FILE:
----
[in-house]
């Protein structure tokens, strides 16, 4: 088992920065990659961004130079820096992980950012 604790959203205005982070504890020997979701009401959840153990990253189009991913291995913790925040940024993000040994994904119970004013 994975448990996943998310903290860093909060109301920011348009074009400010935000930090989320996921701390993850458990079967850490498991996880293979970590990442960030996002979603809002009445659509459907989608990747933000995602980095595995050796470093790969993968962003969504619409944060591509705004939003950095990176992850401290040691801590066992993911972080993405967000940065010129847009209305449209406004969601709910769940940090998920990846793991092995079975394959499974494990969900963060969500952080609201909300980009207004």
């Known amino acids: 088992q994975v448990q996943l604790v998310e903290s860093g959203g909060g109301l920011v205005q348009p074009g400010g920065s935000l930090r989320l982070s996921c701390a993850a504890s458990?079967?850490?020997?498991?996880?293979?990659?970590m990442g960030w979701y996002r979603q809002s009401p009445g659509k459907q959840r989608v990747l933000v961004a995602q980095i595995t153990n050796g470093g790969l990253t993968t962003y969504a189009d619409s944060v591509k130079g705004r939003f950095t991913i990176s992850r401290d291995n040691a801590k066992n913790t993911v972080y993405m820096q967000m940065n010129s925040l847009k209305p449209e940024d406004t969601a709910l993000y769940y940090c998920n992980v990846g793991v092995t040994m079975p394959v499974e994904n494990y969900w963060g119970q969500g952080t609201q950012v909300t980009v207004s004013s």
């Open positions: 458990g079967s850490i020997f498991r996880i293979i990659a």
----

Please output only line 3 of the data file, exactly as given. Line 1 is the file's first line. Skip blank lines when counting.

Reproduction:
């Known amino acids: 088992q994975v448990q996943l604790v998310e903290s860093g959203g909060g109301l920011v205005q348009p074009g400010g920065s935000l930090r989320l982070s996921c701390a993850a504890s458990?079967?850490?020997?498991?996880?293979?990659?970590m990442g960030w979701y996002r979603q809002s009401p009445g659509k459907q959840r989608v990747l933000v961004a995602q980095i595995t153990n050796g470093g790969l990253t993968t962003y969504a189009d619409s944060v591509k130079g705004r939003f950095t991913i990176s992850r401290d291995n040691a801590k066992n913790t993911v972080y993405m820096q967000m940065n010129s925040l847009k209305p449209e940024d406004t969601a709910l993000y769940y940090c998920n992980v990846g793991v092995t040994m079975p394959v499974e994904n494990y969900w963060g119970q969500g952080t609201q950012v909300t980009v207004s004013s």